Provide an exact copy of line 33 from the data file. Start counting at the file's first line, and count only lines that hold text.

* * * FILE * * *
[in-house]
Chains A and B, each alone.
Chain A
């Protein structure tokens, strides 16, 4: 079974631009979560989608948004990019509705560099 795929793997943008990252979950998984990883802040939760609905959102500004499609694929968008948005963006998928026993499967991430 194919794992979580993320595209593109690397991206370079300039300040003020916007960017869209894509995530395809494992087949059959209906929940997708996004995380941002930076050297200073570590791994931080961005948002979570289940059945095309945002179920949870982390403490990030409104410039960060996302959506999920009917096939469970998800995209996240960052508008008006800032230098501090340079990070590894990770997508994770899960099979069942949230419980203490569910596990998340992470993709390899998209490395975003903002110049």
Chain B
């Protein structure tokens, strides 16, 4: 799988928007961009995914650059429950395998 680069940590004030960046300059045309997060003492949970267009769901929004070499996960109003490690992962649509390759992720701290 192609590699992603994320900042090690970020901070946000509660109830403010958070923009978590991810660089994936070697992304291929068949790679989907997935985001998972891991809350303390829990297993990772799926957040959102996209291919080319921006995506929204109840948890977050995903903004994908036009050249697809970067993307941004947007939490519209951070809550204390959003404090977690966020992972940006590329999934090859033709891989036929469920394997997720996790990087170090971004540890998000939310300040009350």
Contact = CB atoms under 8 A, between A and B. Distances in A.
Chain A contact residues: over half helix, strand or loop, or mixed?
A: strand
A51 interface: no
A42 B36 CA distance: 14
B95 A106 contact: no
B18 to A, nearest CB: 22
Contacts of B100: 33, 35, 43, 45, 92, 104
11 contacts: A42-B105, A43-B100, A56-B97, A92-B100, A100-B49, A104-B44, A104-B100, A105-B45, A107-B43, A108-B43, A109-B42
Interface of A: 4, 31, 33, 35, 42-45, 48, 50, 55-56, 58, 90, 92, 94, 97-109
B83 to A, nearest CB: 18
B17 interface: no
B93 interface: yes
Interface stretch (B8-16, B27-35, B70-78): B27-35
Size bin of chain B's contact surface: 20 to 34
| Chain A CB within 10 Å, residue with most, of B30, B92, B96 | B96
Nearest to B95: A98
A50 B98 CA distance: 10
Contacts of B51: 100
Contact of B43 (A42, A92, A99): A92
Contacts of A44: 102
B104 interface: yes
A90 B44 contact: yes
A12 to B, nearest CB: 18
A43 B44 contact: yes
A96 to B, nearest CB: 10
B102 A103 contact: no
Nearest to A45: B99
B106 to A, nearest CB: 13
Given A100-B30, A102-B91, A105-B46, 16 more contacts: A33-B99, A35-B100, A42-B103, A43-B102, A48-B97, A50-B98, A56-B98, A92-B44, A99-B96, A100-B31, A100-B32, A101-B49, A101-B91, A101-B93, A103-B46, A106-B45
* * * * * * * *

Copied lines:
B102 A103 contact: no